Name of God

—a commentary

Many years after the use of the name “Yeshua” became a popular replacement for the Saviour’s name, I am still using the American form of the Greek word, “Jesus.” I was once again scolded for my use of this name, or more accurately, for my lack of the use of the names Yeshua and Yehovah. So I took the time to go back and review the name of God again.

As I found before, the deeper I look into this topic, the less clear it becomes. Here are a few notes on the Names of God. See if you can understand why I am not convinced that we should worry about which name to use for either God the Father or the Son. These are some of the names we find for God.  

    • Elohim is the plural title of the Godhead.
    • Adonai is the title of “lord” and is used in the Bible for other people besides God.
    • “I AM” [Hayah = to exist, existing ( a verb); the self-existent one (noun)] is what God calls Himself in both Old and New Testaments. (Exodus 3:14; John 8:58)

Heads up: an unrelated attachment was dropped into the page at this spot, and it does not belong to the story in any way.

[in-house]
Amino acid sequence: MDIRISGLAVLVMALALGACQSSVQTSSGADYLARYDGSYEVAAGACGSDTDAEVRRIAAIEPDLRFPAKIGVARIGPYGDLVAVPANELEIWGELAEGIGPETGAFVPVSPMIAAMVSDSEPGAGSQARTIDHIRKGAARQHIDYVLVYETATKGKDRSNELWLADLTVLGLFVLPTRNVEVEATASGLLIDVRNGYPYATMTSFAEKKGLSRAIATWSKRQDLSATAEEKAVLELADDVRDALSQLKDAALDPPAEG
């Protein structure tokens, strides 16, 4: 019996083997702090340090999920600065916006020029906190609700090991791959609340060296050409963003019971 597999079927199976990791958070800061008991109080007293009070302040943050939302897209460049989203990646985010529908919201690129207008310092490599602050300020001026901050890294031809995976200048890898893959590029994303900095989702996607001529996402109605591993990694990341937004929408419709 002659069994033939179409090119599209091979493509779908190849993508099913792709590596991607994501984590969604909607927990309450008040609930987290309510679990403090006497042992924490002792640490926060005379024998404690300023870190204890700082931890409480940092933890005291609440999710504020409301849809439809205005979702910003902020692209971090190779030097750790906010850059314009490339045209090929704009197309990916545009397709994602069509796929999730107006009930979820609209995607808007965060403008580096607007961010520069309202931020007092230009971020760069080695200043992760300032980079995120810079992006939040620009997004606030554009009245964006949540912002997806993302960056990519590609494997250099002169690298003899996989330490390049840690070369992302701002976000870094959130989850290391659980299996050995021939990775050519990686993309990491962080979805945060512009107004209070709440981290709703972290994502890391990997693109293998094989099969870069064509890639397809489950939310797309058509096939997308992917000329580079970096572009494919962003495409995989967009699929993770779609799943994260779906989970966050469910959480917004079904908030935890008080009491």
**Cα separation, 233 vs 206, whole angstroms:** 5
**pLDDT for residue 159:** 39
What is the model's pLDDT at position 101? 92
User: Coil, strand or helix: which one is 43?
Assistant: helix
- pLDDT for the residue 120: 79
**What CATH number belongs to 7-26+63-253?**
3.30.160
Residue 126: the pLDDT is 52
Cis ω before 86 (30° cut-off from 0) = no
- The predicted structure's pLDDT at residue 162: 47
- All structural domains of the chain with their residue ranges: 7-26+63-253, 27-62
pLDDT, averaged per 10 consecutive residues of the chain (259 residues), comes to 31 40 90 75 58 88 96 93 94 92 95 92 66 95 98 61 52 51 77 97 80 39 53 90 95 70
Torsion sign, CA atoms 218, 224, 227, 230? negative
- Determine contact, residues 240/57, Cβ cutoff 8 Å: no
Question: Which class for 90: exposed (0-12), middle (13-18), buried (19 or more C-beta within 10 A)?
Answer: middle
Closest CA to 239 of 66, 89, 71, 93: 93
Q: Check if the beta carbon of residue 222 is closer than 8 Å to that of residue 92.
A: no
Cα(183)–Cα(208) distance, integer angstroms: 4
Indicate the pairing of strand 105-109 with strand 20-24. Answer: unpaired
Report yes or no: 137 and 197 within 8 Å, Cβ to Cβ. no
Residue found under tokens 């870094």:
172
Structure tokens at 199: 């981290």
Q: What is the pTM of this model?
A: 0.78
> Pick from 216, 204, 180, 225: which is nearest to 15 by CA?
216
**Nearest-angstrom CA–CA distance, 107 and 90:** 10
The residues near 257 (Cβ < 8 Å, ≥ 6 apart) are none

• “Michael” [Mikyael = who is like God] is the Lord’s name when in the position of Prince or Chief Captain of the Heavenly Host. (Daniel 10:13, 21; Daniel 12:1; Jude 1:9; Revelation 12:7)
    • Yeshua is considered by some a better pronunciation than Jesus (see point 2 below).
    • Jehovah, incorrectly, is considered to be the name of the Father (see point 1 below). This name could be pronounced Yehovah if you want to reject the letter J, or YHWH [yode-hay-vov-hay] if you also want to reject the vowels, or Yaweh if you want to reject both J + vowels but still want to be able to speak the name.
    • Yehovah also gives His name as:

“The LORD, The LORD God [Jehovah, Jehovah El], merciful and gracious, longsuffering, and abundant in goodness and truth, keeping mercy for thousands, forgiving iniquity and transgression and sin, and that will by no means clear the guilty; visiting the iniquity of the fathers upon the children, and upon the children’s children, unto the third and to the fourth generation.” —All this is His legal name that He placed on the covenant document. (Exodus 34:6-7)

    • And while in Exodus 34, don’t forget, “My name is Jealous [qanna].” (Ex. 34:14)
    • He is “The Prophet” sent by God. (Deut. 18:15-19; Luke 9:35; John 6:14; John 7:40)